27 Jul Technical Expert Presentations: “Composites in Transportation Infrastructure: Building for the Future”
Technical composites experts and innovators who have been working in the infrastructure arena for years gave presentations at “Composites in Transportation Infrastructure: Building for the Future,” a daylong workshop held at Roger Williams University in Bristol (R.I.) on July 21, 2016. The event was hosted by the Composites Alliance of RI and Polaris MEP, in partnership with Senator Sheldon Whitehouse and the American Composites Manufacturers Association. A link to each presentation is linked to the subject title.
For over 20 years, Fiber-Reinforced Polymer (FRP) Composites have provided bridge engineers and owners with innovative and cost effective solutions to rebuild and retrofit bridge structures, demonstrating long-term durability especially in highly corrosive geographical regions. Features of FRP composites such as lightweight, corrosion resistance, and prefabrication have reduced assembly and installation time, resulting in lower installation costs and delivery for new construction. In retrofit and rehabilitation situations, FRP composites are faster to install and require minimal disruption to the structure while in service to extend the service life of bridge structures. This presentation will provide a broad overview of composites and products used in infrastructure.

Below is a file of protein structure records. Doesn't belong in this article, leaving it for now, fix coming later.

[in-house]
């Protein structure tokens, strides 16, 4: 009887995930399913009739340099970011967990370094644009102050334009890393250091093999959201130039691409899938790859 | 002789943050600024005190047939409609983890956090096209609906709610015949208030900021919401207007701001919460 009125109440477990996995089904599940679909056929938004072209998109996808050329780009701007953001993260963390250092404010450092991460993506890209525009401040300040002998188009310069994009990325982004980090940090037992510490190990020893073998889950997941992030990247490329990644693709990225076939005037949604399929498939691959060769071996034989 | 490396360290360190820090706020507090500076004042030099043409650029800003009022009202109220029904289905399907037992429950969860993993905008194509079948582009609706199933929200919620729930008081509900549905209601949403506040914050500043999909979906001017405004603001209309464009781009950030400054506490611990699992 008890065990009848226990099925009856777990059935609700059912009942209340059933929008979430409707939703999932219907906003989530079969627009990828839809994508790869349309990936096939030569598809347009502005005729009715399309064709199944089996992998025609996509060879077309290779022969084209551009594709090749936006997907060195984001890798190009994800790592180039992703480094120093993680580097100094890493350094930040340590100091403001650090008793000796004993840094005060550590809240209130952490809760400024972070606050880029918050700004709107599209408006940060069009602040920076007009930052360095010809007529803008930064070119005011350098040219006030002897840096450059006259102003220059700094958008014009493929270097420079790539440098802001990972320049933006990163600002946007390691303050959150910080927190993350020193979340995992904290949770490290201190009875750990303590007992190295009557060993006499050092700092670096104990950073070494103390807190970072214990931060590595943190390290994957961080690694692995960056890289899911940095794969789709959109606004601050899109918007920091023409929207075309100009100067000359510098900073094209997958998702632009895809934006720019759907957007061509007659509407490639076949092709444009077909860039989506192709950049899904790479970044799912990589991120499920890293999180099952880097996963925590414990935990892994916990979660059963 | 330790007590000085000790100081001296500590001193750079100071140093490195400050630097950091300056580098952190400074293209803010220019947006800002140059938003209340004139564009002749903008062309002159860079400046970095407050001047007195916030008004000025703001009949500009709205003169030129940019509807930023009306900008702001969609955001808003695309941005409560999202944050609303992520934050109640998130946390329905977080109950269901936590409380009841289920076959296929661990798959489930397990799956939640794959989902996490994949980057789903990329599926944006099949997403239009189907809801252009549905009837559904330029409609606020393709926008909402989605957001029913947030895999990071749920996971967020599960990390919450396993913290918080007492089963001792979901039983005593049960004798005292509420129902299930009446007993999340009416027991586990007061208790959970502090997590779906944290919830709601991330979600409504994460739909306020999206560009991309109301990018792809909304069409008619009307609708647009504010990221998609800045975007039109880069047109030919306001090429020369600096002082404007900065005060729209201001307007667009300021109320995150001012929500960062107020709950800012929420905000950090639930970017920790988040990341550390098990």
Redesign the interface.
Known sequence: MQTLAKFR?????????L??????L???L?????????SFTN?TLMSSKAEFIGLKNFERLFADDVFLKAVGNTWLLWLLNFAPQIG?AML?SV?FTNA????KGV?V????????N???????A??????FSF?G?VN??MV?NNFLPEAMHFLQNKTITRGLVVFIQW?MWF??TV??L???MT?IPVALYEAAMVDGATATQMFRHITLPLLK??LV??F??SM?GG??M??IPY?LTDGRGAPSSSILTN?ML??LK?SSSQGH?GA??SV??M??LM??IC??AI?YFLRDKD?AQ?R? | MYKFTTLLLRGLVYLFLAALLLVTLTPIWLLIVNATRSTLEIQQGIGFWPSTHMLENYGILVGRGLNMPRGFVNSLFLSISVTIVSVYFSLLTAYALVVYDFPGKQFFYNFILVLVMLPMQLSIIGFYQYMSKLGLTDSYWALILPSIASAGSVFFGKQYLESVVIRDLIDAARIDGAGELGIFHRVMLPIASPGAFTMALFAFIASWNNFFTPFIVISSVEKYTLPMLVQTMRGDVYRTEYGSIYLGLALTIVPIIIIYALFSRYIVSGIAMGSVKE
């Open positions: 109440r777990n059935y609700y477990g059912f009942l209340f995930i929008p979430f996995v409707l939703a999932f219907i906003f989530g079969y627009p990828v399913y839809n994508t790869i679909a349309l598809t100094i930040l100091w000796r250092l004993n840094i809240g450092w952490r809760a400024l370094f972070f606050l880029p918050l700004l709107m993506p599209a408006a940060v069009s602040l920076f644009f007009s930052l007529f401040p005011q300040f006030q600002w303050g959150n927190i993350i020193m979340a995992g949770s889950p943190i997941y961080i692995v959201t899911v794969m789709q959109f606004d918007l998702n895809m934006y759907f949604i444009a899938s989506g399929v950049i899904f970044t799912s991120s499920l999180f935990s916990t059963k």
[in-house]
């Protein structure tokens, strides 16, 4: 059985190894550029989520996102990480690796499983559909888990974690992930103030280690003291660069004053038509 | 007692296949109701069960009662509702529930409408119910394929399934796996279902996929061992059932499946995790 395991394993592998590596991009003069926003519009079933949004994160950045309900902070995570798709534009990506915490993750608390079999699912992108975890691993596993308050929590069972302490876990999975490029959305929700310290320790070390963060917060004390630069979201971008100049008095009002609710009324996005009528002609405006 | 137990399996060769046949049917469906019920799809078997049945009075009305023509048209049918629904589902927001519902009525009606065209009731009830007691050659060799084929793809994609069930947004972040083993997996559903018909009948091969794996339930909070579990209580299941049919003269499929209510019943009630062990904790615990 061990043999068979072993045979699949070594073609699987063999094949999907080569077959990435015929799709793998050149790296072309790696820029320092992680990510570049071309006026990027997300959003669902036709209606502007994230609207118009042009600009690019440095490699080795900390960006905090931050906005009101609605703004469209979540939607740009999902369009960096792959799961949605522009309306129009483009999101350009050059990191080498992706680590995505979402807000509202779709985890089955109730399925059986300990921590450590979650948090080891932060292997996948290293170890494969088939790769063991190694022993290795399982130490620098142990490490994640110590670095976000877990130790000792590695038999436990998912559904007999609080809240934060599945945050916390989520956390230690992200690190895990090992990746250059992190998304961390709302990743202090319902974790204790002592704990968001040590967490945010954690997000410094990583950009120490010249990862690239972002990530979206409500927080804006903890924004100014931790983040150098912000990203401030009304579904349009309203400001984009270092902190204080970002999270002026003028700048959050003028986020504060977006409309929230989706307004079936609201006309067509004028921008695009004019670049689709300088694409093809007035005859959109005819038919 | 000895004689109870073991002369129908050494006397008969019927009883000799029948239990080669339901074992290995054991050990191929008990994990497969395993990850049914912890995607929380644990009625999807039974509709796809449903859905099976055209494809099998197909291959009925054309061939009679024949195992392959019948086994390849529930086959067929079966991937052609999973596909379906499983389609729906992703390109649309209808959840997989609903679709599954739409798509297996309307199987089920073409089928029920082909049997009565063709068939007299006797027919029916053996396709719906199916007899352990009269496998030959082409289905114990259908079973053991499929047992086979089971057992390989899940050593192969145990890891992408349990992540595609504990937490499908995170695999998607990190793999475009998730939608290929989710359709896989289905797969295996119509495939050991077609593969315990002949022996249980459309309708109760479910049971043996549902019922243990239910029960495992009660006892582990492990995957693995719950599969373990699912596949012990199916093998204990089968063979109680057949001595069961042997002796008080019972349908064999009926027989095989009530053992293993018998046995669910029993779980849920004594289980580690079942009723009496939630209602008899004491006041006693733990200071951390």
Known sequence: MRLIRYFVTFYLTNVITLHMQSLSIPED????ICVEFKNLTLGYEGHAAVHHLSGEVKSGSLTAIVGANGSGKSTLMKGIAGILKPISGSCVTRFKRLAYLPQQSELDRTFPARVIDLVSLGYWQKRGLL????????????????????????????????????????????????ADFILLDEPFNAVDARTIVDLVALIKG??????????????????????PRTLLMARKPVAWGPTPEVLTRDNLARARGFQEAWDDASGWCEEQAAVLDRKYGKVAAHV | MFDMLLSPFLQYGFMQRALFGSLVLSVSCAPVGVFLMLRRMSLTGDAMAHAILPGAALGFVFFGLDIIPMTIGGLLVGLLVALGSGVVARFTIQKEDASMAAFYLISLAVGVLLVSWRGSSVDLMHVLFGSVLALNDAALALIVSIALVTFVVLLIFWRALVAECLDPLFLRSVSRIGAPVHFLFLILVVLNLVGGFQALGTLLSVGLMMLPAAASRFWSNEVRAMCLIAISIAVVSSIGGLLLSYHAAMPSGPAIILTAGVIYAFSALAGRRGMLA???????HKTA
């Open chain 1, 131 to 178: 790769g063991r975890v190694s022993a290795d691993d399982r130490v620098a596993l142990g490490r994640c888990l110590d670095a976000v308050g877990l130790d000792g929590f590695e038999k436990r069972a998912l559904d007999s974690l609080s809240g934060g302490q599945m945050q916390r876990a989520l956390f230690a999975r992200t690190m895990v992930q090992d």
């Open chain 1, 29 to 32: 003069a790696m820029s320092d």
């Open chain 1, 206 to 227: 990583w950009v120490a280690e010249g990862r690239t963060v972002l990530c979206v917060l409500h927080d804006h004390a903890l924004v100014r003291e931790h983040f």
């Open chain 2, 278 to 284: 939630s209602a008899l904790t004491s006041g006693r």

“Infrastructure Repairs and Strengthening with FRP Composite Materials” / Dave White, PE, Vice President of Technical Services, RSB / Sika Corporation (Lyndhurst, NJ)
FRPs have become a viable and accepted means of upgrading, strengthening and rehabilitating civil engineering structures, especially for use on concrete bridges. Typical applications include external reinforcement, seismic upgrades, column wrapping, shear strengthening, near surface mounted reinforcement and post-tensioning installations. This presentation will cover the various composite materials that are being used for bridge repairs and compare them to the traditional methods of concrete repair and strengthening. Case studies will be presented to showcase the use of these materials in the field and demonstrate the economic viability available to bridge owners and maintenance departments.
Attendees will discover how and why pultruded piles are being utilized to repair and replace bridge fender and bearing piles on many government, private and military infrastructure projects. Many agencies are eliminating future capital expeditors and significantly reducing maintenance costs while utilizing environmentally safe composite systems.
This presentation will demonstrate the advantages of hybrid-composite structures to provide better value in bridge construction and rehabilitation. An emphasis will also be placed on the heritage of intellectual properties in the technological advancement of our nation’s infrastructure and the impact on jobs and economic development.
FRP rebar is a mature product, with complete standardization of codes, test methods and material specification that enable implementation through existing supply chains and contractors. Using FRP rebar, designers are able to give owners concrete structures with 75- to 100-year service lives. After evaluating structures in service over 15 years, degradation mechanisms are not being seen.
FRP decking offers the best solution when light weight is important for vehicle bridges. This includes movable bridges, historic steel truss bridges, and bridges with load restrictions. Unique uses are floating bridges and aerodynamic fairings. Shared-use paths can be added to vehicle bridges by attaching an FRP sidewalk to the side.